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“Why do we revolutionary user interface? I mean. Here is four smartphones. Right, the Moto Q, Blackberry, Palm Treo, Nokia E62. The usual suspects. And, what’s wrong with their user interface? Well, the problem with them is really sort of in the bottom 40 there. It’s this stuff right here. They all have these keyboards, they’re there whether or not you need them to be there. And they all have these control buttons that are fixed in plastic and are the same for every application. Well, every application wants a slightly different user interface, a slightly optimized set of buttons, just for it. And what happens if you think of a great idea six months from now? You can’t run around and add a button to these things. They’re already shipped.
So, what do you do? It doesn’t work because the buttons and the controls can’t change. They can’t change for each application, and they can’t change down the road if you think of another great idea you want to add to this product.
Well, how do you solve this? Hmm, it turns out, we have solved it. We solved it in computers 20 years ago. We saw that with a Bitmap screen they could display anything we want. Put any user interface up. And a pointing device. We solved it with the mouse. We solved this problem, so how are we going to take this to a mobile device? What we’re going to do is get rid of all these buttons and just make a giant screen. A giant screen. Now, how are we going to communicate with this? We don’t want to carry it around a mouse, right? So what are we going to do? A stylus, right? We’re going to use a stylus. No. Who wants a stylus? You have to get ’em and put ’em away, and you lose them, yuck! Nobody wants a stylus, so let’s not use a stylus.
We’re going to use the best pointing device in the world, we’re going to use the pointing device that we’re all born with, we’re born with ten of them, we’re going to use our fingers. We’re going to touch this with our fingers. And, we have invented a new technology called multi-touch which is phenomenal, it works like magic. You don’t need a stylus. It’s far more accurate than any touch display that’s ever been shipped. It ignores unintended touches, it’s super smart, you can do multi finger gestures on it. And boy, have we patented it!” – Steve Jobs at the introduction of iPhone (2007)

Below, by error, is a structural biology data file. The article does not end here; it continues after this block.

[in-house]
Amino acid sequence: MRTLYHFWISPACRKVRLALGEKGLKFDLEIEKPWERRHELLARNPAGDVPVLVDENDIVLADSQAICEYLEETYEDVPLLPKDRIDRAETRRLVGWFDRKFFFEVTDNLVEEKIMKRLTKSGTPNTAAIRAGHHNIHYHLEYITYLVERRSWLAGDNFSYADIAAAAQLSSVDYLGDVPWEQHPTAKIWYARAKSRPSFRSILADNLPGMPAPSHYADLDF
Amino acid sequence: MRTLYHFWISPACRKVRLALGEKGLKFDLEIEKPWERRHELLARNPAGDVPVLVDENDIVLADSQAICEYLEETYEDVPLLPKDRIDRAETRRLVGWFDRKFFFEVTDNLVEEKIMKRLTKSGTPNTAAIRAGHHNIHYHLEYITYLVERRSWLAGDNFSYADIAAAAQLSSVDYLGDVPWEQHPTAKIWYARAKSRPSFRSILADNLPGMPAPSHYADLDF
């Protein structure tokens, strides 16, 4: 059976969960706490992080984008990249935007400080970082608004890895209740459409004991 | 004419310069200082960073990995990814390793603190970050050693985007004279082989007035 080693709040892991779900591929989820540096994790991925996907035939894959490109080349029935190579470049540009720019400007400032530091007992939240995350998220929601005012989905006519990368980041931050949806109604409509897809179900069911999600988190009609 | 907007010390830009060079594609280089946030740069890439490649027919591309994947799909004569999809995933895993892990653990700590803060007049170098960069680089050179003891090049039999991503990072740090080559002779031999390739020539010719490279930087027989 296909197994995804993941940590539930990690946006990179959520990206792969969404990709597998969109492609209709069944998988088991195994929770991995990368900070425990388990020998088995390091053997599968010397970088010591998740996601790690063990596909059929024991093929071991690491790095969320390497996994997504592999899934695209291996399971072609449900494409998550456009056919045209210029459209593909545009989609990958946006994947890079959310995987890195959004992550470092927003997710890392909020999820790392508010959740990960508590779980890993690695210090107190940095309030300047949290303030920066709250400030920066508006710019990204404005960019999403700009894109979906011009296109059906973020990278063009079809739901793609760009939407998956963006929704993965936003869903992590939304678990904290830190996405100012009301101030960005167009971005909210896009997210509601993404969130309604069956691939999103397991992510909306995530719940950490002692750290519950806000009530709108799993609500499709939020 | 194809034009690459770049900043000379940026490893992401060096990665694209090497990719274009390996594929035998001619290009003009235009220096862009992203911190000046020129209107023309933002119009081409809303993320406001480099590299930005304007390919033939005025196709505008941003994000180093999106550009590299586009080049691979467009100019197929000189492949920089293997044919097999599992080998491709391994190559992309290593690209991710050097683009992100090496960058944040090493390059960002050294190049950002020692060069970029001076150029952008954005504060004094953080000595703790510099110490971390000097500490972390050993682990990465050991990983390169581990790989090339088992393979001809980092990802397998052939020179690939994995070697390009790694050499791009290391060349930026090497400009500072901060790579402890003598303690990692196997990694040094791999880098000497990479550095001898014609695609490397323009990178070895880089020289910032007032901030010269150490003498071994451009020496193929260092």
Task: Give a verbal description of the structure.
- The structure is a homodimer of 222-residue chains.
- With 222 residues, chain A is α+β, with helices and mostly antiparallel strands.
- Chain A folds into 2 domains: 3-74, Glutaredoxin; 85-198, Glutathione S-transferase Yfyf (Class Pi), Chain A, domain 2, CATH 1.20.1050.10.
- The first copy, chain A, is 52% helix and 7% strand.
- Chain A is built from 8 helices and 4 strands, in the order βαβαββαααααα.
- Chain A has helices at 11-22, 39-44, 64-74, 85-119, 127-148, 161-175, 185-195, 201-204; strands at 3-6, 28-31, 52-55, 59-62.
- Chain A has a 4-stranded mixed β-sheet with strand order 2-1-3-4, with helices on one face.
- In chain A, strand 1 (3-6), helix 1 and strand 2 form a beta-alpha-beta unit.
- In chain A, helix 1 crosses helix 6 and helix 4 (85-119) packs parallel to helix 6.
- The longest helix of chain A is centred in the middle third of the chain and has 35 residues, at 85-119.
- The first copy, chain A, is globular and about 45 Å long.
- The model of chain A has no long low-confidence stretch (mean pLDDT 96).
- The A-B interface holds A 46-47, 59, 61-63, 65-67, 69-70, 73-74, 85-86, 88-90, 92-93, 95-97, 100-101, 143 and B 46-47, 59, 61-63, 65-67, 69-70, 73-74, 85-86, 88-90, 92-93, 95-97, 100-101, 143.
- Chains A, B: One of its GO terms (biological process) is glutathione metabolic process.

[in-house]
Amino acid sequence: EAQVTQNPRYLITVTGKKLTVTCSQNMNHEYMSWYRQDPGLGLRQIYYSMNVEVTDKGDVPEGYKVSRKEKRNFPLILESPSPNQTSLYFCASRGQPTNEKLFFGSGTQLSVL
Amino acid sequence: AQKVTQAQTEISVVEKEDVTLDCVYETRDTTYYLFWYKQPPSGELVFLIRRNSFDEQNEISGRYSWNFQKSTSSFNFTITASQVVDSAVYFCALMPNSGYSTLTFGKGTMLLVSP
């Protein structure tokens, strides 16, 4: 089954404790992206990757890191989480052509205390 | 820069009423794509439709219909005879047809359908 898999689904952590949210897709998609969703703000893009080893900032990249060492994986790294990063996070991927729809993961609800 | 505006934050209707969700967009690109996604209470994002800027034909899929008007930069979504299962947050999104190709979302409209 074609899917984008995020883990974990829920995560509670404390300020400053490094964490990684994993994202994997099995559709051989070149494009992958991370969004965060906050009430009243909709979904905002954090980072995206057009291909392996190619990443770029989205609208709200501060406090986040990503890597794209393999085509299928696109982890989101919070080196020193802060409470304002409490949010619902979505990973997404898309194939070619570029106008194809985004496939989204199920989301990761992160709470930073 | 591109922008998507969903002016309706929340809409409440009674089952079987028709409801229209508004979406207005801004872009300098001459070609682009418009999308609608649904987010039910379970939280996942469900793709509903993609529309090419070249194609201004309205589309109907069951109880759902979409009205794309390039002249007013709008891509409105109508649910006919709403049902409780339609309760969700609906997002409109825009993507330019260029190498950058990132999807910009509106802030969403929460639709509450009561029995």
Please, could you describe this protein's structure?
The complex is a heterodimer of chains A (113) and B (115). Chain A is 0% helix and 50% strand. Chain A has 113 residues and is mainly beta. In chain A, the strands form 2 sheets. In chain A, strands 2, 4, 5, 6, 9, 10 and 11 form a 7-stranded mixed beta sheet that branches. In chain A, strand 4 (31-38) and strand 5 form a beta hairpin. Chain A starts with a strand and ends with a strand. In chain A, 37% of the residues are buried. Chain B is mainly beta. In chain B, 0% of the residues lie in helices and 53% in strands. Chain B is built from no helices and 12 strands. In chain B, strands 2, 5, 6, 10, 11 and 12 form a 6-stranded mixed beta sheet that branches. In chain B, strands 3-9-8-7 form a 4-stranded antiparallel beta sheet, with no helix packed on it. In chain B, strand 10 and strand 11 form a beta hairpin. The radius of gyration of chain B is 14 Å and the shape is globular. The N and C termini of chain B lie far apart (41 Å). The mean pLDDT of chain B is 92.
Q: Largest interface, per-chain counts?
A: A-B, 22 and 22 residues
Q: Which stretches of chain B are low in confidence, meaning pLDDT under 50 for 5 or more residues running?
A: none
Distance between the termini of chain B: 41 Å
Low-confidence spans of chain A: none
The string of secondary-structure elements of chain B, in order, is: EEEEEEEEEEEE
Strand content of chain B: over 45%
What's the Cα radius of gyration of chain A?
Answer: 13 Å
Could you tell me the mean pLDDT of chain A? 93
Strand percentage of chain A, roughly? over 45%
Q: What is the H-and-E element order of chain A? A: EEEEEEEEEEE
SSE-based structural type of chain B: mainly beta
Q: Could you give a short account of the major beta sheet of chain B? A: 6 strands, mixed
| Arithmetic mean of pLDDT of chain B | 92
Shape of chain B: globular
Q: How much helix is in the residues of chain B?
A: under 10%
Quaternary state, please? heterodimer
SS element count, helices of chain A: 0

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You know, I’m glad everybody is laughing. Because he makes it funny. When was the last time you actually had fun delivering a PowerPoint? Yeah, he uses Apple Keynote, but you get the idea. When is the last time you actually had fun delivering a presentation? Not too often. You see what I mean by passion, enthusiasm comes across? But this is hard to do, that simplicity of communication is very difficult to do.
Everything I’m talking to you about today. You can’t just turn this in a few minutes. You really have to think through, what’s my story? How do I make it understandable? What’s my Twitter-friendly headline?
Twitter-friendly headlines, sometimes, can take hours to develop. I’ve worked with a group of executives, over some very, very complex technology and information. You could do it. No matter how complex your idea is, you can actually create a one-sentence description for it. But that could take hours.
Then you have to ask yourself: Why should my audience care? Why should they care? So, these two things will help you make your presentation, and your conversation more understandable, which is the first element of inspiration. How do — do I get it? You get your audience to start nodding in agreement. Okay, I see the category in which he is placing this new product, I understand the benefits, I understand it. Tell me more. Help me remember it. Stamp it on my memory.
Bring Numbers to Life
How are we going to do that? There’s a number of techniques that I could talk about, but because you’re MBA students, you deal a lot with finance and data and analysis and numbers. Bring numbers to life. This is one excellent method that you can use today. Bring numbers to life. Put every statistic that you deliver into a context that is relevant to the audience.
So in 2001 when Apple introduced the iPod for the first time. They said it contained five gigabytes of storage. Five gigs means nothing to anybody, it’s just a big number. Well not today, but back then it was a big number. 5 gigs. No, 5 gigs is the equivalent of 1000 songs. Oh, and now that’s more interesting. OK, 1000 songs. Now I get it. 1000 songs in your pocket, which was the brilliance of Steve Jobs.
Steve Jobs would always take it one step further. Most people would just deliver 5 gigs. Smart communicators would say that’s the equivalent of 1000 songs, genius communicators go one step above that. Apple continues to do this to this day which is why Apple is so brilliant at communicating information and messages behind their products. There’s a whole team of people back there and they work really long and hard to communicate interesting and engaging messages.
So last year when Phil Schiller introduced the new iPad Mini, I forgot how thin it was. I’m going to show you a clip and it’ll remind me. It was thin. It was some kind of number. Really thin. I don’t remember the number. I remember it was thin as a pencil. I do remember it was as light as a pad of paper.